breath

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BREATH, med. juris. The air expelled from the chest at each expiration.
     2. Breathing, though a usual sign of life, is not conclusive that a child was wholly born alive, as breathing may take place before the whole delivery of the mother is complete. 5 Carr. & Payn, 329; S. C. 24 E. C. L. R. 344. Vide Birth; Life; Infanticide.

References in periodicals archive ?
Economic production that produces toxic externalities like global warming, dead oceans, undrinkable water, unbreathable air, etc, depends on assigning little or no value to these.
In fact, you have less than two minutes to escape in a fire before the air becomes unbreathable and you're rendered unconscious, so an early warning is vital to make a safe escape.
Dixon knew that the Hunley could remain submerged for 2 1/2 hours before the air became unbreathable.
Once they landed, the astronauts would have to survive in a freezing, windswept world with unbreathable air and 38 percent of Earth's gravity.
In his lawsuit, Moore points out various similarities, including bioluminescent flora/plant life, unbreathable atmospheres, matriarch support of hero vs.
As the air became unbreathable from exhaust fumes, migrants tried to exit but the boat was too packed for those standing above to move aside.
To use an image employed by Marshall McLuhan and Dean Barnlund, we "see" that water is unbreathable, and that gives us a different relationship to it than that of fish (McLuhan and Zingrone, Essential 35; Barnlund 22).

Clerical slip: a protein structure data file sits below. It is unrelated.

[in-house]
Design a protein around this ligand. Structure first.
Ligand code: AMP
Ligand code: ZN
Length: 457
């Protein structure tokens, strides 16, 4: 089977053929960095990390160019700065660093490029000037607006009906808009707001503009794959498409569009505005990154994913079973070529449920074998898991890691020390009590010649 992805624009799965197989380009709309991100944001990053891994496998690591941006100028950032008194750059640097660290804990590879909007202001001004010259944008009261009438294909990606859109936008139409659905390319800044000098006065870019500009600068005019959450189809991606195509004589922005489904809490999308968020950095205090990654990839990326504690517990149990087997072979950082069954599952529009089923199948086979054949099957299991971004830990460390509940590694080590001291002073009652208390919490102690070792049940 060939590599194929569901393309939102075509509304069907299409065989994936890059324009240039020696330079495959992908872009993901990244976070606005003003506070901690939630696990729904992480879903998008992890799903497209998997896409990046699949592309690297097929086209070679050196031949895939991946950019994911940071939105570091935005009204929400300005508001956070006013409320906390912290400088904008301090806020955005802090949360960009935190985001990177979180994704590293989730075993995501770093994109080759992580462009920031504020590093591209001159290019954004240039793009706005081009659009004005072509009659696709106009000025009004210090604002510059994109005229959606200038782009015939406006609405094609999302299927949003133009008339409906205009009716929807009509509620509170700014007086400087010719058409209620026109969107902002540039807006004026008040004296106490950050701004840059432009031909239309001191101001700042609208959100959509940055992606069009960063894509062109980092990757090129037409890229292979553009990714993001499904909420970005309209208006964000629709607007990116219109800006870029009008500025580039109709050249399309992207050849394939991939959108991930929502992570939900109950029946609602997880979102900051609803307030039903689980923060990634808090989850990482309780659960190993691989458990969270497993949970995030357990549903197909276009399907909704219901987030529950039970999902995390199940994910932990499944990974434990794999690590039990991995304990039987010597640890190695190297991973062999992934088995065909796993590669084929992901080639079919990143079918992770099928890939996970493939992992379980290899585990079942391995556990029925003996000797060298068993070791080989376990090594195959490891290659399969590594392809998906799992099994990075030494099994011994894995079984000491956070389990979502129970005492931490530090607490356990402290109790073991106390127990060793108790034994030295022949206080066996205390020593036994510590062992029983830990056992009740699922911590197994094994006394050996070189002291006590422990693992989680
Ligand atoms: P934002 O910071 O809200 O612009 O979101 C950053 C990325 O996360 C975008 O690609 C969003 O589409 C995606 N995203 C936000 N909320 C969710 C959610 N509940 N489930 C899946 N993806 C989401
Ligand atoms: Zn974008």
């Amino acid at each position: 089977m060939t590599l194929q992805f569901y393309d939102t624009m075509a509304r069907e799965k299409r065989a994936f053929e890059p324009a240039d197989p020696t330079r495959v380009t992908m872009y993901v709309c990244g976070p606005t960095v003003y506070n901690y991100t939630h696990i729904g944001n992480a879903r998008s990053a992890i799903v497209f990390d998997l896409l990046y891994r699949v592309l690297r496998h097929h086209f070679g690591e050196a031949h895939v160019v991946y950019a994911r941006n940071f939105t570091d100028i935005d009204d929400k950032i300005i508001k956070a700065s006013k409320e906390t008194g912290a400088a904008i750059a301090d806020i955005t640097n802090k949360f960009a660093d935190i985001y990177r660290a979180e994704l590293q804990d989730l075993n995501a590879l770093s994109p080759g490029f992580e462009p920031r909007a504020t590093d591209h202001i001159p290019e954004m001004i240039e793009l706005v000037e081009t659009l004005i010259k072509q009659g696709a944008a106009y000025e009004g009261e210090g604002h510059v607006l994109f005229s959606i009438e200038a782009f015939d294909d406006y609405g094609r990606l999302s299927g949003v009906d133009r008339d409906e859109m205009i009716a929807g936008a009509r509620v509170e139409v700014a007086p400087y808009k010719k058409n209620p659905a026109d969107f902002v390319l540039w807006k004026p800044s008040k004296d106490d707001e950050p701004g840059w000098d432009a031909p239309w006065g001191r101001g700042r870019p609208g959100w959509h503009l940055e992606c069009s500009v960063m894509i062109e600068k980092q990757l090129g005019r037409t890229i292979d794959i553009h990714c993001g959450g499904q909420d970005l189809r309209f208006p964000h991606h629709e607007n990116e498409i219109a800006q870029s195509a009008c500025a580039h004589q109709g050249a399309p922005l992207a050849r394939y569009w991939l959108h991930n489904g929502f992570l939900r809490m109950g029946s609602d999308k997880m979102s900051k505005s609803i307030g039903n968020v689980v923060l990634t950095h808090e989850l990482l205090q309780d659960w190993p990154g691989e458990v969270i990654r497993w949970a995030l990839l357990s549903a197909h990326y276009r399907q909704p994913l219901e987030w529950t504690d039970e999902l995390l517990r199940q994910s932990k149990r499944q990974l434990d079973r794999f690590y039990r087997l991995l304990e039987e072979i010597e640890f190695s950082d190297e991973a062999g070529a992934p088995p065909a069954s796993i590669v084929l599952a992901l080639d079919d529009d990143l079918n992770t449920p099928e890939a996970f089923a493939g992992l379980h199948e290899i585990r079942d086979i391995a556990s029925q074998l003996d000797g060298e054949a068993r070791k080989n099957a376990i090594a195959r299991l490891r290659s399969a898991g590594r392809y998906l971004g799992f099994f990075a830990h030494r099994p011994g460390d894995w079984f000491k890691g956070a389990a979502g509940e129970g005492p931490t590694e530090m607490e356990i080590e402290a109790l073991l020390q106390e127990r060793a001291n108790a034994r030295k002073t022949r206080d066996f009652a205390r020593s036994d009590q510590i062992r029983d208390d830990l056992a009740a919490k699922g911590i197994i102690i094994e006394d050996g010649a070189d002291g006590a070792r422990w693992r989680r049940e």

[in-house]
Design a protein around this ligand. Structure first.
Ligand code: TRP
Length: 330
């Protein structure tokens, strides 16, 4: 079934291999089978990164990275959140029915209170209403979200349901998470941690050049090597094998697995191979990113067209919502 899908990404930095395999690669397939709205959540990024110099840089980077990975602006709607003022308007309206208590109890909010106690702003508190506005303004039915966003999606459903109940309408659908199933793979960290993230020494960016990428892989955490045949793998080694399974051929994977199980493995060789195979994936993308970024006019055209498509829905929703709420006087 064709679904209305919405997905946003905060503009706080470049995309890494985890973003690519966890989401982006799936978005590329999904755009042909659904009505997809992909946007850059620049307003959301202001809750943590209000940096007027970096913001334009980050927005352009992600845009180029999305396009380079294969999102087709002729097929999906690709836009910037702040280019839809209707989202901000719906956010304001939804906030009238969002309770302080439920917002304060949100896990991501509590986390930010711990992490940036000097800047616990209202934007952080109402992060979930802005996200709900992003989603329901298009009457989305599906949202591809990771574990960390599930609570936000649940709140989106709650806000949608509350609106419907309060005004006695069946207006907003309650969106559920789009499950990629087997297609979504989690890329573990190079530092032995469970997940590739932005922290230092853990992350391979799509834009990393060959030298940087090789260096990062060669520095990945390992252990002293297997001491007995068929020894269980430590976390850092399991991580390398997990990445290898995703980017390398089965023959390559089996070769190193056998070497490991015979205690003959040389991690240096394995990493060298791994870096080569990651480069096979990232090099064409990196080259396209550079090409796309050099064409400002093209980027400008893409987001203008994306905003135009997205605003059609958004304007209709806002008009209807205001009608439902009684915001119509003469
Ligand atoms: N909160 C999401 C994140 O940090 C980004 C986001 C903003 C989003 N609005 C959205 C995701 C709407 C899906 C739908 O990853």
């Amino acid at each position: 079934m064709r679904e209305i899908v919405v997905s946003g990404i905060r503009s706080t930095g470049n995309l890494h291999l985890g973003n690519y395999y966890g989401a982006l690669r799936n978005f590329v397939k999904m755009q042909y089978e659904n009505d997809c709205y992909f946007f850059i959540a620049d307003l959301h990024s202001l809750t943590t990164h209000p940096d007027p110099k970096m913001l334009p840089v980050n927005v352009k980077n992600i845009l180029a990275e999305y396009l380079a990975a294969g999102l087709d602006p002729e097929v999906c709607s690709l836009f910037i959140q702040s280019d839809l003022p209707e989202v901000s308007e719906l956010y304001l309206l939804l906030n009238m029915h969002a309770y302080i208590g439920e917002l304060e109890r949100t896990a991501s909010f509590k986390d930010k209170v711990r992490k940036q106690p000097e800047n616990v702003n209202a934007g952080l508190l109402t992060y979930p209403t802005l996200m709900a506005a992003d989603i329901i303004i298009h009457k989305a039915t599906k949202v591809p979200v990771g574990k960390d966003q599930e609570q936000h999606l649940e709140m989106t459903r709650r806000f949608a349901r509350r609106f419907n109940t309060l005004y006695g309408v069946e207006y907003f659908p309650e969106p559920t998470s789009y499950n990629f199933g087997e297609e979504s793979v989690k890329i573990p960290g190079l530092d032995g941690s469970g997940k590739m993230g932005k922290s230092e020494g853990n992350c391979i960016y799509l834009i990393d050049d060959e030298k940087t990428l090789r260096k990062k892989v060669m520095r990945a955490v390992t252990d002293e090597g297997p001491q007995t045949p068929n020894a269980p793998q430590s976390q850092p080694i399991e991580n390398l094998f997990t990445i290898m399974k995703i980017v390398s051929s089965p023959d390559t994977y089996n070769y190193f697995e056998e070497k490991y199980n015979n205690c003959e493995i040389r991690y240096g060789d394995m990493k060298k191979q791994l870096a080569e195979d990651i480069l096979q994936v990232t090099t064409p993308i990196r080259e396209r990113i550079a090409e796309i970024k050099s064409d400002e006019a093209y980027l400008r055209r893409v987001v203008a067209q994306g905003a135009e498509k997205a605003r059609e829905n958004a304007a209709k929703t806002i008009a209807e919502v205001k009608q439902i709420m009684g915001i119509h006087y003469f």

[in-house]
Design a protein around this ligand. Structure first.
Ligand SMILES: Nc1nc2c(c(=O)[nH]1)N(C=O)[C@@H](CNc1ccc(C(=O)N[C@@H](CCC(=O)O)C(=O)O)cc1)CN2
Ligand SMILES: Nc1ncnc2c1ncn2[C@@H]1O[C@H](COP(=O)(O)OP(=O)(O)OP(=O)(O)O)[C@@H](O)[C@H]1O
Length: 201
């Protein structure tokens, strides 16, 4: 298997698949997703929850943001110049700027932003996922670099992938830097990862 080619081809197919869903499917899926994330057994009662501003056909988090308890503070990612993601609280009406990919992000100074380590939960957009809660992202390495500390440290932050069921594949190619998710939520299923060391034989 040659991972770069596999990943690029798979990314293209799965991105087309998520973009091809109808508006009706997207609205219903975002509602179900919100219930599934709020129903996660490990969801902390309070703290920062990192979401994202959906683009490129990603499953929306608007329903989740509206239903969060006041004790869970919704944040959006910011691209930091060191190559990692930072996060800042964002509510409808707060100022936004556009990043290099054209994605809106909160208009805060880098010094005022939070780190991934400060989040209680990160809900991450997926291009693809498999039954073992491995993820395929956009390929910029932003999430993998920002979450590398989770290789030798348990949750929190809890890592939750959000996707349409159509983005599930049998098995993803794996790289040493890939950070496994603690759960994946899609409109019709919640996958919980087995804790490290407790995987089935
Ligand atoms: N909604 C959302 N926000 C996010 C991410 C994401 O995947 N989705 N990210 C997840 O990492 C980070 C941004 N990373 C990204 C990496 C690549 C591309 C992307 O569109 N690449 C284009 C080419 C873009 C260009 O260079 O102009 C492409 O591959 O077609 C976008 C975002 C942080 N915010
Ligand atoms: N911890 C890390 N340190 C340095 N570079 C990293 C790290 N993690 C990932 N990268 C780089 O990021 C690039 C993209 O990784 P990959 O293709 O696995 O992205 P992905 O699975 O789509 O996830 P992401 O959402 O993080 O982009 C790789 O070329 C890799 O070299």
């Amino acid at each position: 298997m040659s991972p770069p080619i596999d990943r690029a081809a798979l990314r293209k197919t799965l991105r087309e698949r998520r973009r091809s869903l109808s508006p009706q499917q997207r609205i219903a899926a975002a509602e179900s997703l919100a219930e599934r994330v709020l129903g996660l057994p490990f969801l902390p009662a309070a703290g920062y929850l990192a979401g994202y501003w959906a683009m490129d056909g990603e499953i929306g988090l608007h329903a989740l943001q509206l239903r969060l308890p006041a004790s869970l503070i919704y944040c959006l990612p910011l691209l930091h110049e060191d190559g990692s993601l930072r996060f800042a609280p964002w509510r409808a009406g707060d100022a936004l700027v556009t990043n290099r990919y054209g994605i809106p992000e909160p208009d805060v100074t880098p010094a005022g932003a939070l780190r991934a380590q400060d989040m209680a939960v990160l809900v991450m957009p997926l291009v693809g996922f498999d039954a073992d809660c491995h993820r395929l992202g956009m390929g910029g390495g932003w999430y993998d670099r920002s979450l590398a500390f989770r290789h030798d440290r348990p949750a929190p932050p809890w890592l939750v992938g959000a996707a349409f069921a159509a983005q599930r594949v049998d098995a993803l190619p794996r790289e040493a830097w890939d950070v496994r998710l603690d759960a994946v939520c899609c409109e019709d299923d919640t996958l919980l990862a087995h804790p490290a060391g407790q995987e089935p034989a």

Just when I dared to hope an environmental catastrophe may be averted, he scared the bejesus out of me with another account of soil laced with toxic metals, of unbreathable air and untouchable rivers.
The cold window-pane on which Verloc leans his forehead with anguish is but a "fragile film of glass" (Secret 57): the film of reality is indeed too thin to repel the slimy, unbreathable substance which blurs the distinction between air and water, surface and depth: the street is like "a slimy aquarium from which the water had been run off," a police constable emerges from nowhere, "as if he too were part of inorganic nature, surging apparently out of a lamp-post" (Secret 147, 14).
Chapter 17 of At the Sharp End, entitled "Living in a Sewer," shows us that that is exactly what the trenches and dugouts were: rat-infested underground cesspools of unbreathable stenches and stagnant poison gases, suffocating claustrophobia, slimy mud walls mortared with putrefying corpses and constant, unrelenting fear.
The air outside might be nearly unbreathable, but at least you're substantially less likely to be irritated by unwanted calls between bites.
No one in Los Angeles would dream of going to a restaurant with less than an "A" rating, even if the air, inside or out, were unbreathable.